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Part 3: Water Credential Would Need To Include Information On Codes, Standards, Regulations And Rating Systems
By H.W. (Bill) Hoffman
June 2013 -
A water credential for facility managers would need to not only include training on efficiency, but also information on the water aspects of codes, standards, regulations and rating systems.
The second part of the certification would provide information on a multitude of new codes, standards, regulations, and rating systems that are changing rapidly. This section would both describe these changes and show how they will impact future operations. Such codes and standards include new green plumbing and mechanical codes, new federal regulations, and green building rating systems, such as The Living Building Challenge, Green Globes, and LEED.
Understanding Water Use
The third part would provide an understanding of the technologies and systems commonly found in commercial and institutional facilities. Water is used in a variety of ways by different commercial and institutional operations, and understanding the way new technologies are evolving is critical to helping facility managers understand how water is used in a building. The training would provide insight into these technologies and water uses.
The fourth would examine ways to implement water efficiency in the facility, including development of a comprehensive water efficiency program, written down and standardized. This would also teach facility managers about financing, rebates, and other assistance sources for water efficiency upgrades, including performance contracting. Facility managers would also learn how to commission new water efficient installations, and measure and verify performance results.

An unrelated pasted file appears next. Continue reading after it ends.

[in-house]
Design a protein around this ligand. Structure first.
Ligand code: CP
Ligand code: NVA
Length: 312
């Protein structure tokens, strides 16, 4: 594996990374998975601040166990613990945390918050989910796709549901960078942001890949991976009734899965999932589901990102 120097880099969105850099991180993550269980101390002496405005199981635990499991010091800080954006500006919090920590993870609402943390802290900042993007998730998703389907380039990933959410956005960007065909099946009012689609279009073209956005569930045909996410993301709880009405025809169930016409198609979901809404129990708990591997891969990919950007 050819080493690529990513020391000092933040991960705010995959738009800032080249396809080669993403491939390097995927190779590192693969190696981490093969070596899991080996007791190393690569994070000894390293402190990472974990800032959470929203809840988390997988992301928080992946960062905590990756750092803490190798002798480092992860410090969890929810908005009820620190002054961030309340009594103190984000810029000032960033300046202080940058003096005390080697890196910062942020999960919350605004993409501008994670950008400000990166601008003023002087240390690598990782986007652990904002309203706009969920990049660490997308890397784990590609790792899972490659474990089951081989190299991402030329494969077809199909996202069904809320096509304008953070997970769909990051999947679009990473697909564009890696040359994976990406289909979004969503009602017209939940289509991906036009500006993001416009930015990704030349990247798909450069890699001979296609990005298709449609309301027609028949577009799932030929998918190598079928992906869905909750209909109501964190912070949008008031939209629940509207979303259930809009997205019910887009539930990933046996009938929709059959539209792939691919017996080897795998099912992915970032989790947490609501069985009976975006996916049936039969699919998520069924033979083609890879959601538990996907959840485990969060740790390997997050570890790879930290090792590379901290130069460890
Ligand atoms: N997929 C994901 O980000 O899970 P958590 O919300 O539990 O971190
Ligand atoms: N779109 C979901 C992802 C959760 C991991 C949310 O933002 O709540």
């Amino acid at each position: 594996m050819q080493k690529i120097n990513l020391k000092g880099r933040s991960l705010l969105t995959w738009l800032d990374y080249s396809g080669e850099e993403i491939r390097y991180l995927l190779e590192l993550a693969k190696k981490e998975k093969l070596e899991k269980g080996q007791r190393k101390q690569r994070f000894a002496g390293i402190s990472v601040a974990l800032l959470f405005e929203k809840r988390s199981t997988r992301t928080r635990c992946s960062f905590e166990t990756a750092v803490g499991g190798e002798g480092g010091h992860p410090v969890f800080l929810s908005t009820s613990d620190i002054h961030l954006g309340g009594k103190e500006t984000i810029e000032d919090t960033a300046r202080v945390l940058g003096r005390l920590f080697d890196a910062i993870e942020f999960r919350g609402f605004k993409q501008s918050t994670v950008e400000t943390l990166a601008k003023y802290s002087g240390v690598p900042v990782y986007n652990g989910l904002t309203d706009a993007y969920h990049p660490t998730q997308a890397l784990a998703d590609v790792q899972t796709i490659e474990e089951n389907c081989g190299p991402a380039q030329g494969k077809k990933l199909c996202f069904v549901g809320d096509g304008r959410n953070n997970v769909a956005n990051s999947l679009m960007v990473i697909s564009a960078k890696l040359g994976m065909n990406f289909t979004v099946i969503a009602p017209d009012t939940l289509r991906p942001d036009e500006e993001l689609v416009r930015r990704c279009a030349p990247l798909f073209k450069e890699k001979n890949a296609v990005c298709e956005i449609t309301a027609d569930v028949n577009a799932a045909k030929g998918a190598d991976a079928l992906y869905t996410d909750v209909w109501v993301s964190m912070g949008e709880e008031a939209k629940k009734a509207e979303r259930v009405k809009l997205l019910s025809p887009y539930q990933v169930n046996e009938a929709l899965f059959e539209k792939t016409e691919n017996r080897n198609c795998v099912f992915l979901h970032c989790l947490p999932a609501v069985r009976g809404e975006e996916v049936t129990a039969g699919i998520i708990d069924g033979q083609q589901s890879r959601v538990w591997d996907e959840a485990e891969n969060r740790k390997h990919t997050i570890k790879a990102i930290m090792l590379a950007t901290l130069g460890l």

Finally, the fifth part of the certification would provide teaching on other sources of assistance, information, organizations, and best management practice guides.
The intended result of the training is to provide the facility manager and engineer with the tools needed to meet the challenges of rising water cost, new codes and regulations, and evolving technologies. The opportunity for savings is incredible, but, despite the commitment of groups such as IAPMO, AWE and ASPE, the successful implementation of a program of this scope would also require the support of building owners and management groups. One comprehensive, industry-based certification would provide integrity, consistency, and validity.
Bill Hoffman, senior technical advisor for Water Management, Inc., has more than 40 years of water conservation and water resource planning experience. He has been involved in the development of water conservation legislation and in the development of new rating tools for both the U.S. Green Building Council’s LEED program and Green Globes. Hoffman can be reached at email@example.com.
Part 1: Rising Water Prices Mean It's Time For A Professional Water Certification For Facility Managers
Part 2: Water Credential For Facility Managers Would Focus On Efficiency, Metering and Usage